Saskatchewan reported its 32nd coronavirus-related death as it gave an update on new cases on Wednesday.
The deceased who tested positive for COVID-19 was in their 60s and was from the north east zone, according to a press release.
Health officials said there were 132 new cases in the daily update, with the overall total for the province growing to 5,553 since the first case was reported in March. One infection was deemed out-of-province and removed from Saskatchewan’s total cases.
According to a press release, most of the new cases are located in the Saskatoon zone with 56, while there are 18 in Regina, 10 in north central, eight each in far north central and south east, six each in far north east and north west, four each in north east and south central, two in south west and the rest in far north west and central west. Residence information is still pending for eight new infections.
In the province, 76 people are currently in hospital with COVID-19 — 59 are receiving inpatient care and 17 are in intensive care. This is the highest amount of hospitalizations to date.
Eighty-six more people have recovered, bringing total recoveries to 3,422.
There is a new record high of 2,099 active cases in the province, health officials said. Active cases are total cases less recoveries and deaths.
According to a press release, 1,619 COVID-19 tests were performed on Tuesday in Saskatchewan. To date, 305,260 tests have been carried out in the province.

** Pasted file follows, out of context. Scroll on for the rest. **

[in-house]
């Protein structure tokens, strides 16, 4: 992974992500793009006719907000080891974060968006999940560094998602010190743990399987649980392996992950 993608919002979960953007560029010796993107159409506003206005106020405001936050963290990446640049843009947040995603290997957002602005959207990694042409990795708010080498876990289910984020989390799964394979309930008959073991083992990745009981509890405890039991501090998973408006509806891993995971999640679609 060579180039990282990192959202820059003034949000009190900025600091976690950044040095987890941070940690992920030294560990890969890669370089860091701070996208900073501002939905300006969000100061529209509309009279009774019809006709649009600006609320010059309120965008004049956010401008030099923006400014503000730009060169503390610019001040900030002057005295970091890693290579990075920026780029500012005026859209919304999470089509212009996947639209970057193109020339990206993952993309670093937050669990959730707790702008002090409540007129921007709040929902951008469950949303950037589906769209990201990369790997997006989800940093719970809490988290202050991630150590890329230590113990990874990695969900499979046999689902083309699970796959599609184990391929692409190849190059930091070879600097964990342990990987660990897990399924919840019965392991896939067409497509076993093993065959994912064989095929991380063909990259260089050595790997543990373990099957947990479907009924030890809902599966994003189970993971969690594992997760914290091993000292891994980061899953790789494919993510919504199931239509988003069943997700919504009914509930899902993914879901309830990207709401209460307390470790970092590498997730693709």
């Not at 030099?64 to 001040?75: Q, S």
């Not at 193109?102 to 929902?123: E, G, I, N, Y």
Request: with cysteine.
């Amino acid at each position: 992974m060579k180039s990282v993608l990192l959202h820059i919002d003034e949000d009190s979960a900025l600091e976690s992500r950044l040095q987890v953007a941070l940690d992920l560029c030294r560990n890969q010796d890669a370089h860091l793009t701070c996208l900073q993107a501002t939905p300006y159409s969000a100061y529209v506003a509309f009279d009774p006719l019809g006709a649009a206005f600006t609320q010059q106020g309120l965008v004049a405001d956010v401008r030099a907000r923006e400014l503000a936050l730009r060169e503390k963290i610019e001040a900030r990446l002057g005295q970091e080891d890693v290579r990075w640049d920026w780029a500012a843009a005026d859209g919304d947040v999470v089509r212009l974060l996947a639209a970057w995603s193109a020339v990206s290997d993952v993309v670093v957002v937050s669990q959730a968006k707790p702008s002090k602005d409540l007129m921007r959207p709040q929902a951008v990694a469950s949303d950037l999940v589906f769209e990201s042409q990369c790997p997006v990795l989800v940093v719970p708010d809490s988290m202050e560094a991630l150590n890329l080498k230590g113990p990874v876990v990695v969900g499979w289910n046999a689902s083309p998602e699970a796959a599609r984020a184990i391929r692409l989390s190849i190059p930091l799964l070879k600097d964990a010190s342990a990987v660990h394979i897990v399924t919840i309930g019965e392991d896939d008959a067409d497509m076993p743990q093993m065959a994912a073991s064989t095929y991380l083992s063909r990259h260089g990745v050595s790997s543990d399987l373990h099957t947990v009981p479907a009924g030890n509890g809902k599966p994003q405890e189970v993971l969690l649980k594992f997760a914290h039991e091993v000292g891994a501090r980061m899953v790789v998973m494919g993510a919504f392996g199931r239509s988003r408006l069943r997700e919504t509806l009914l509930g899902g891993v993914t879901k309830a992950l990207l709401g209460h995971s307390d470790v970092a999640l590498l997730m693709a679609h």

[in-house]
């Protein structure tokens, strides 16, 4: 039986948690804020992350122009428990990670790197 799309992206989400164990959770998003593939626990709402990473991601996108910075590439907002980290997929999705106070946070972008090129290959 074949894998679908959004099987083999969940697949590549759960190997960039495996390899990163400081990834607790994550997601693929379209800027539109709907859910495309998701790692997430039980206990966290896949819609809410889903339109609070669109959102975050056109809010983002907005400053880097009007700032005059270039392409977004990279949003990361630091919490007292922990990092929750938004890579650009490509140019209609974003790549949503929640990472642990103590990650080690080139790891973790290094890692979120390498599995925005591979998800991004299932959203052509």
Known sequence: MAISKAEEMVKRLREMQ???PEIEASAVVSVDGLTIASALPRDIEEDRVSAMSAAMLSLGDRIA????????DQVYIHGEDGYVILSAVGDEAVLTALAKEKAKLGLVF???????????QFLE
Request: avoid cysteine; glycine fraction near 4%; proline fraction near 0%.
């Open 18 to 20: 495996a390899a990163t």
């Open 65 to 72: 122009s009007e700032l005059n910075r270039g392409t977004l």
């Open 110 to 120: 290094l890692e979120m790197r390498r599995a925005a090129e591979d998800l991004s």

Questions about COVID-19? Here are some things you need to know:
Symptoms can include fever, cough and difficulty breathing — very similar to a cold or flu. Some people can develop a more severe illness. People most at risk of this include older adults and people with severe chronic medical conditions like heart, lung or kidney disease. If you develop symptoms, contact public health authorities.
To prevent the virus from spreading, experts recommend frequent handwashing and coughing into your sleeve. They also recommend minimizing contact with others, staying home as much as possible and maintaining a distance of two metres from other people if you go out. In situations where you can’t keep a safe distance from others, public health officials recommend the use of a non-medical face mask or covering to prevent spreading the respiratory droplets that can carry the virus. In some provinces and municipalities across the country, masks or face coverings are now mandatory in indoor public spaces.
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